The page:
Note from Bob: I bugged the CIO of the Amazingly Bright Colors Corporation (yes, the ABC Corporation you see in software demos). ABCCo is about to launch its new business strategy, which is fully buzzword compliant, but still pretty good. We’re going to listen in to the IS planning meeting. If you haven’t participated in a meeting like this one, chances are you will.
I think you’ll find the ABCCo experience instructive.
CIO: Okay, kids, let’s get started. I just got back from the executive retreat and we have a major change in direction to deal with.
Application Development Manager (ADM): Again? I thought that’s what we got last year. (Snorts and chuckles from around the room.)
CIO: I understand your skepticism, but I think they’re serious this time.
Operations Manager (OM): I’ll believe it when we see the money.
CIO: They’ve budgeted $20 million a year for the next three years.
ADM: Do we get any of it?
CIO: About a third.
(Whistles, grunts, throat-clearing.)
Database Administration Manager (DBA): Are we finally getting into eCommerce?
CIO: Yes, in a way, but let’s keep things straight. eCommerce isn’t a business strategy. It’s an enabler. Let me take five minutes to lay out the new strategy for you. Then we need to map out a plan.
First, let me give you some background: We’re crashing.
Process Redesign Manager (PRM): Crashing? We had record profits last year!
CIO: Profits are a rear-view mirror. Our leading indicators are all trending down. Our markets are fragmenting, our products are turning into commodities, and two whole industries we used to ignore compete with us in our best growth areas. If we don’t make some major changes in the next couple of years, all we’ll be is someone else’s subsidiary.
ADM: And the strategy is?
CIO: Depending on your guru, it’s called one-to-one or customer relationship management.
ADM: That’s it? Big deal — we’ll choose one of the big CRM packages and we’re done. I was hoping for something more substantial.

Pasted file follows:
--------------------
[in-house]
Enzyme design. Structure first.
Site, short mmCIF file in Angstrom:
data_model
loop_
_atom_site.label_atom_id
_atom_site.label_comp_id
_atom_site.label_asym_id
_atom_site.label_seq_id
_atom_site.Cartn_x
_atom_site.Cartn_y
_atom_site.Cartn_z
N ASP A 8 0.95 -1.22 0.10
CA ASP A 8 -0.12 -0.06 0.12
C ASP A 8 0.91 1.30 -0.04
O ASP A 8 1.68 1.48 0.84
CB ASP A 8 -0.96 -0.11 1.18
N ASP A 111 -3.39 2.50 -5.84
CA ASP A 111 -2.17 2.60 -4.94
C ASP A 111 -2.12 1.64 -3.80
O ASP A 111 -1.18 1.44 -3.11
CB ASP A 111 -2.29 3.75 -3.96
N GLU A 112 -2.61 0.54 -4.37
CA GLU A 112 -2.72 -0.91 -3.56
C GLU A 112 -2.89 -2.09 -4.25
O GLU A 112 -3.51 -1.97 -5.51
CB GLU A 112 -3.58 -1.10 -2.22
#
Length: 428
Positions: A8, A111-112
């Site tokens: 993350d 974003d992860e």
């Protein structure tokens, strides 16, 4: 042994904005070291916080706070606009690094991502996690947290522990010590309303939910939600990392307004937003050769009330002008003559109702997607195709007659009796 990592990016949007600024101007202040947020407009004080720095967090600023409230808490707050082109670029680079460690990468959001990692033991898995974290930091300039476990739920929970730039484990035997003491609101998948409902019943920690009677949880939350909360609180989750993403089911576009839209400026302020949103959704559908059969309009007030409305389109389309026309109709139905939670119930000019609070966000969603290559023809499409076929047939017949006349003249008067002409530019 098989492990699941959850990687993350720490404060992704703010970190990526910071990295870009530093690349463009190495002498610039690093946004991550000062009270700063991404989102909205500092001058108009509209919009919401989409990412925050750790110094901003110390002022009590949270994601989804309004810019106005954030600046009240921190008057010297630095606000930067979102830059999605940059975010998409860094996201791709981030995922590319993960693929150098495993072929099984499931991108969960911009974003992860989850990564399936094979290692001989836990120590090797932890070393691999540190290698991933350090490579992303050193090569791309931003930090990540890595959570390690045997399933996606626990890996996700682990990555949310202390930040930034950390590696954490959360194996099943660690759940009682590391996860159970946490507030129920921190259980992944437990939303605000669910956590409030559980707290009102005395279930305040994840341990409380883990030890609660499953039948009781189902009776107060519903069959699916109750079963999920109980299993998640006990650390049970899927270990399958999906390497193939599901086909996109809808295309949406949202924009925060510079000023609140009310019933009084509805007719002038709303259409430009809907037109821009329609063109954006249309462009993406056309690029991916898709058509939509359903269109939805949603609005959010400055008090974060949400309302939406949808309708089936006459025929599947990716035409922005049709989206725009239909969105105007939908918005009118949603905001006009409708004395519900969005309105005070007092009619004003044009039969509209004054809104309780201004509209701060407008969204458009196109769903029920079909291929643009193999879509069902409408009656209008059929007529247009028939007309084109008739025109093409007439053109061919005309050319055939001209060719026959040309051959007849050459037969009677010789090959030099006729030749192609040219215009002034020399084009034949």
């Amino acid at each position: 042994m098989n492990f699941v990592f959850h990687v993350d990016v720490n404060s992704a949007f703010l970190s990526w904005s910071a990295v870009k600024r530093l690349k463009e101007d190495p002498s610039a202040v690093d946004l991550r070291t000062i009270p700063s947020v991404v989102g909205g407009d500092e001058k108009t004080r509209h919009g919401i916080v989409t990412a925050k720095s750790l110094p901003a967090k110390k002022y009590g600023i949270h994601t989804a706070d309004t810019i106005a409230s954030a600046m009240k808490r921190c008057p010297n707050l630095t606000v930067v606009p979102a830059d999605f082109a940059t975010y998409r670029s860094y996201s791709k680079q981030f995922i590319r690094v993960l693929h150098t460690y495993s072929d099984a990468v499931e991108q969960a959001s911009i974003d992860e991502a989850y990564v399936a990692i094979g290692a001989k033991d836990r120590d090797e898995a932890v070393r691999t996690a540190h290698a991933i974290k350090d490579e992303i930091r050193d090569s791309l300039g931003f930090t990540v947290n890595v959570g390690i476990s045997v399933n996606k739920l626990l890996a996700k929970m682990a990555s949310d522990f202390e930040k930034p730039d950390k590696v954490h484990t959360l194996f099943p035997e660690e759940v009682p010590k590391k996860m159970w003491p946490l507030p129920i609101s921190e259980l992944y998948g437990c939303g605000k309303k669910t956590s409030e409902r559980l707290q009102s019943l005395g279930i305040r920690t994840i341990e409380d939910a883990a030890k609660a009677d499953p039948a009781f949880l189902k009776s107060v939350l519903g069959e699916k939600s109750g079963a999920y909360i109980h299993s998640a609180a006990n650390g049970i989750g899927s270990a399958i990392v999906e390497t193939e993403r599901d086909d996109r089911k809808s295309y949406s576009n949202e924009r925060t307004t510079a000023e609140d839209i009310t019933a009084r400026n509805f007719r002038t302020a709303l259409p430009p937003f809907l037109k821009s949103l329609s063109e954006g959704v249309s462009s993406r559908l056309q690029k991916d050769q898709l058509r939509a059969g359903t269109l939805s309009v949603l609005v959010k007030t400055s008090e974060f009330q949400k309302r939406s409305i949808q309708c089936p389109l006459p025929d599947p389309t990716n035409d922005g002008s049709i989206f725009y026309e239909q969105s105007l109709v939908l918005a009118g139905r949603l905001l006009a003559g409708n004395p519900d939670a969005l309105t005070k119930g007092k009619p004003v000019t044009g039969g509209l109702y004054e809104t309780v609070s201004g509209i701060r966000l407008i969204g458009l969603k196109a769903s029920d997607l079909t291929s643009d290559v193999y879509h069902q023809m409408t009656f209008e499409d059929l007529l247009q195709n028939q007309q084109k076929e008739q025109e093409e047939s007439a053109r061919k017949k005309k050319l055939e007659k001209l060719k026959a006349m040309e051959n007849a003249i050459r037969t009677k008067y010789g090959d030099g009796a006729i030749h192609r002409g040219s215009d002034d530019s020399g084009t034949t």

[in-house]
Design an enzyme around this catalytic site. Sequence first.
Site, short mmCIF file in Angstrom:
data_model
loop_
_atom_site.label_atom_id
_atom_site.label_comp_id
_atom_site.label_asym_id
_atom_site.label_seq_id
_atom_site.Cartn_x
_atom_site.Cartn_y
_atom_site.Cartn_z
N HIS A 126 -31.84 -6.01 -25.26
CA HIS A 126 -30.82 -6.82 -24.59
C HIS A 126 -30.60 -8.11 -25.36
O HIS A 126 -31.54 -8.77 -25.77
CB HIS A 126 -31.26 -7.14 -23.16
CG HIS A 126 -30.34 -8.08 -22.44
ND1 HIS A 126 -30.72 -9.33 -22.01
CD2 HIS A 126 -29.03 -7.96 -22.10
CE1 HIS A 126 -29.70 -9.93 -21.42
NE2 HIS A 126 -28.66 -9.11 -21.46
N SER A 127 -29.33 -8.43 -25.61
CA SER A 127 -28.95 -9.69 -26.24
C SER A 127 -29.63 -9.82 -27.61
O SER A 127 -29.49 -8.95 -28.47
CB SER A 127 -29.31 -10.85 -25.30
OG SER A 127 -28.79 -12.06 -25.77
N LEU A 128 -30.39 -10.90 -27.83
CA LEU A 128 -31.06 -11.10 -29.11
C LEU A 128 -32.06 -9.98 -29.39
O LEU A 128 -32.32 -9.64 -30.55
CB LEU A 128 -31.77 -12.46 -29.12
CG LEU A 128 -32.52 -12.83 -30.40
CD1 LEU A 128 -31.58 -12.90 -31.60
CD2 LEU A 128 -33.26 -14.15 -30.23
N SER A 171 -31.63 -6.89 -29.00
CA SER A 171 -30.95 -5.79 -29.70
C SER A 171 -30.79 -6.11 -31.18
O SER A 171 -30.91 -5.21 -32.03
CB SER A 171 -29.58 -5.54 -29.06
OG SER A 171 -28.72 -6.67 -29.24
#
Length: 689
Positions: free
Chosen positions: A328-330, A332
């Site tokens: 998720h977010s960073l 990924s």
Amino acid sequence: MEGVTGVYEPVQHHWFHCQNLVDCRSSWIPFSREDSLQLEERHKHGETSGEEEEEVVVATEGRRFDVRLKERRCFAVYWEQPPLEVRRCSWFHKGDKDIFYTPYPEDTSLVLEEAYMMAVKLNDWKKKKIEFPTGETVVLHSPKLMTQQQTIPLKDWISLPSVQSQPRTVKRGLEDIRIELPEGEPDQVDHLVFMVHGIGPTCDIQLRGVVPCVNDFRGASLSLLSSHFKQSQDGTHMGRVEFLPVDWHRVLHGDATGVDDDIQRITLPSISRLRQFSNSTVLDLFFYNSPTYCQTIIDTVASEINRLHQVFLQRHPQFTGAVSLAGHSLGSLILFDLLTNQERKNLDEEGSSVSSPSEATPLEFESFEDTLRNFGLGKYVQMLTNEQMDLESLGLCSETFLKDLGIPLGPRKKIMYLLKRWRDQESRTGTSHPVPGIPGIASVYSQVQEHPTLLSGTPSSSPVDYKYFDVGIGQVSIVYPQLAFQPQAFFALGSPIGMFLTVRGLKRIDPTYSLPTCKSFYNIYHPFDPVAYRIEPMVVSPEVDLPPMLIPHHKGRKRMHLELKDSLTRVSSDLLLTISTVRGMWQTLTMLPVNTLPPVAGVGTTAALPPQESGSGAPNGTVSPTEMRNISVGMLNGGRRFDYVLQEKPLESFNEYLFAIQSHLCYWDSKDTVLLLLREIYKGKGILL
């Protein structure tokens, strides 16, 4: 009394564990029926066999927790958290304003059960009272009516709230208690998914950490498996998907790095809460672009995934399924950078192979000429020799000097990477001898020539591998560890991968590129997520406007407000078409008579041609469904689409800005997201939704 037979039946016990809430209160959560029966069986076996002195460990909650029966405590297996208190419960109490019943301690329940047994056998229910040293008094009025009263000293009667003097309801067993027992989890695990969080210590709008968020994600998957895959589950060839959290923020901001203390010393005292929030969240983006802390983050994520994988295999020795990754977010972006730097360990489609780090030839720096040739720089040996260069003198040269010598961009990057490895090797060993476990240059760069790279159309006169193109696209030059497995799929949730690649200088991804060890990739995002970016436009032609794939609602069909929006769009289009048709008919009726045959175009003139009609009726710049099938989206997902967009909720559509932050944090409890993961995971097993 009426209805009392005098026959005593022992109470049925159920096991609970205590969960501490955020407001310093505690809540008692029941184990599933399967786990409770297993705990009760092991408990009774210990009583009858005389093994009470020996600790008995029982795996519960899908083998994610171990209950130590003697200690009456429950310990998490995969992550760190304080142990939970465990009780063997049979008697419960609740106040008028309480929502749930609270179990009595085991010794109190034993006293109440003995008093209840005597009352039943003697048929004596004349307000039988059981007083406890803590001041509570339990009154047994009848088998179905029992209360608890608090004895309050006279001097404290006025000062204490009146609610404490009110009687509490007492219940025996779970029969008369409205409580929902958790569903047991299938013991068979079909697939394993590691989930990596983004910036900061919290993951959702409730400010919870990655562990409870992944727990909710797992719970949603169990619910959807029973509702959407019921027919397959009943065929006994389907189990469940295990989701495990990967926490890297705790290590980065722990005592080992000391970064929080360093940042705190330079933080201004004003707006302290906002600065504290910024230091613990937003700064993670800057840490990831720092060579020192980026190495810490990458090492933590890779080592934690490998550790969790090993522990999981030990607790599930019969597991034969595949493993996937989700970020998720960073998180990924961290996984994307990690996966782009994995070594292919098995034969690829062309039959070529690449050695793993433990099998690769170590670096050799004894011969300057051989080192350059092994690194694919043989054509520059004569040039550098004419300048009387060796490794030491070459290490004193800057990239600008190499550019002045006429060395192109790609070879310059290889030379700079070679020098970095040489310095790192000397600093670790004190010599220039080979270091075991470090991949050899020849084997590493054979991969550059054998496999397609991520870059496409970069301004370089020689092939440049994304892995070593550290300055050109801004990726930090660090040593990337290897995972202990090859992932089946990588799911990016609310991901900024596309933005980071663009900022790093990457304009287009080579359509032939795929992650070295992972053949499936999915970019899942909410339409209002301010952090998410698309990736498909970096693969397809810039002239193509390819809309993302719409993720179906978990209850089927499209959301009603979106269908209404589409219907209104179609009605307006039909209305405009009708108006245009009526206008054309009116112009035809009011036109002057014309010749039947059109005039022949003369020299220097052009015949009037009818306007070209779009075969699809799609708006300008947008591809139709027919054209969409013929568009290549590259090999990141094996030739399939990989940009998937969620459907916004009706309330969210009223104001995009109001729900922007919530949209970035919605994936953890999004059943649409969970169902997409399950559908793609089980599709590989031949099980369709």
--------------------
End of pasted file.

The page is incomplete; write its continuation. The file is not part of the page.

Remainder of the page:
PRM: Don’t be a putz. It isn’t just software. We win by treating our customers better. That means process redesign and culture change programs, not just a software package.
DBA: And why do you want to buy a package, anyway? Every time we buy a package we have more problems with integration.
OM: Maybe, but every time we try to build something, the project ends up costing twice as much and taking twice as long as we thought … and all of the features we promised end up going into the “next release”.
CIO: Okay, stow it. You’re shooting at the wrong target anyway. It’s more than customer service enhancement. Marketing is going to redesign the way we relate to our customers. The CMO will join us later so everyone hears it the same way. To give you a hint of what we’re in for, his favorite saying is, “From now on, we’re Cheers, and every customer is Norm.”
We’re going to take a multi-pronged approach to this. Marketing and customer service are going to put together the customer relationship design. I wouldn’t be surprised if the two merged into one organization within a few months, by the way, but don’t spread that around.
Once they’ve put some shape to the new customer relationship, we’re going to figure out how our internal processes will have to change so the new relationship design isn’t built on a lot of empty promises.
That’s when we find out exactly what we have to do here in IS.
Here’s what we know for sure — we’re going to personalize customer interactions, we’re going to customize our products and services, we’re going to be working in marketing time, and our job is to stay off the critical path — nobody waits for us.
OM: Wait a minute. Marketing time?
CIO: Yes, marketing time. Have you heard of Internet time?
CIO: This is faster. Okay, let’s start planning …
That’s all we have time for this week. Stay tuned — next week, we overhear The Plan.